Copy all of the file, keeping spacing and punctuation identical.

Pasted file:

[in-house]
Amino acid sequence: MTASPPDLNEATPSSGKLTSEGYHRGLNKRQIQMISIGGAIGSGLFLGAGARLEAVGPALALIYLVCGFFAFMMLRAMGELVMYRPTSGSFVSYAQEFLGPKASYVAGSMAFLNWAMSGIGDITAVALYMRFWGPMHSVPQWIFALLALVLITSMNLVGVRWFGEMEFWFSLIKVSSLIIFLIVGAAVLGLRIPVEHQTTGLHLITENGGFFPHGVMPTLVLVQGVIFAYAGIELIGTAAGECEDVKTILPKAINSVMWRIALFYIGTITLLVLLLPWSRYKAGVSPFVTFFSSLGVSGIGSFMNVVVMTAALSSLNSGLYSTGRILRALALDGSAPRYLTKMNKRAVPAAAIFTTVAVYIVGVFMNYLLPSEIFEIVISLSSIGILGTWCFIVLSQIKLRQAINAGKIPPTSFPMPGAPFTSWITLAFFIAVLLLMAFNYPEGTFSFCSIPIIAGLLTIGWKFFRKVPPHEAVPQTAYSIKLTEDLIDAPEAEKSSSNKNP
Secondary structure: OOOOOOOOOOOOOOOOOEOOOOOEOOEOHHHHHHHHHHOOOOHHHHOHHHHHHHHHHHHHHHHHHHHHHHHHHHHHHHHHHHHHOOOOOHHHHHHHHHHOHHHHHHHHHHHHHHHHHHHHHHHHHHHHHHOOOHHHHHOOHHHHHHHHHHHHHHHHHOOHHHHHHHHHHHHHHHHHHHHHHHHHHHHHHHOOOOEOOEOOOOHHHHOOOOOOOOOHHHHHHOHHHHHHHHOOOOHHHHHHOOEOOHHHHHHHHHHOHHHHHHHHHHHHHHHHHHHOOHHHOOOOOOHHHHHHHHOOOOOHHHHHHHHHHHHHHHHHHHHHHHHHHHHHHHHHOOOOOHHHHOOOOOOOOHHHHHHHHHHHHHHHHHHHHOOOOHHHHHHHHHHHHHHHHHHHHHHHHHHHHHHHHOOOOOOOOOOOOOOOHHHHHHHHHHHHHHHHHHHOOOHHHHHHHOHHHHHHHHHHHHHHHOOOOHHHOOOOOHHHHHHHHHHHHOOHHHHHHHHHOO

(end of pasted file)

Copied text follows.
[in-house]
Amino acid sequence: MTASPPDLNEATPSSGKLTSEGYHRGLNKRQIQMISIGGAIGSGLFLGAGARLEAVGPALALIYLVCGFFAFMMLRAMGELVMYRPTSGSFVSYAQEFLGPKASYVAGSMAFLNWAMSGIGDITAVALYMRFWGPMHSVPQWIFALLALVLITSMNLVGVRWFGEMEFWFSLIKVSSLIIFLIVGAAVLGLRIPVEHQTTGLHLITENGGFFPHGVMPTLVLVQGVIFAYAGIELIGTAAGECEDVKTILPKAINSVMWRIALFYIGTITLLVLLLPWSRYKAGVSPFVTFFSSLGVSGIGSFMNVVVMTAALSSLNSGLYSTGRILRALALDGSAPRYLTKMNKRAVPAAAIFTTVAVYIVGVFMNYLLPSEIFEIVISLSSIGILGTWCFIVLSQIKLRQAINAGKIPPTSFPMPGAPFTSWITLAFFIAVLLLMAFNYPEGTFSFCSIPIIAGLLTIGWKFFRKVPPHEAVPQTAYSIKLTEDLIDAPEAEKSSSNKNP
Secondary structure: OOOOOOOOOOOOOOOOOEOOOOOEOOEOHHHHHHHHHHOOOOHHHHOHHHHHHHHHHHHHHHHHHHHHHHHHHHHHHHHHHHHHOOOOOHHHHHHHHHHOHHHHHHHHHHHHHHHHHHHHHHHHHHHHHHOOOHHHHHOOHHHHHHHHHHHHHHHHHOOHHHHHHHHHHHHHHHHHHHHHHHHHHHHHHHOOOOEOOEOOOOHHHHOOOOOOOOOHHHHHHOHHHHHHHHOOOOHHHHHHOOEOOHHHHHHHHHHOHHHHHHHHHHHHHHHHHHHOOHHHOOOOOOHHHHHHHHOOOOOHHHHHHHHHHHHHHHHHHHHHHHHHHHHHHHHHOOOOOHHHHOOOOOOOOHHHHHHHHHHHHHHHHHHHHOOOOHHHHHHHHHHHHHHHHHHHHHHHHHHHHHHHHOOOOOOOOOOOOOOOHHHHHHHHHHHHHHHHHHHOOOHHHHHHHOHHHHHHHHHHHHHHHOOOOHHHOOOOOHHHHHHHHHHHHOOHHHHHHHHHOO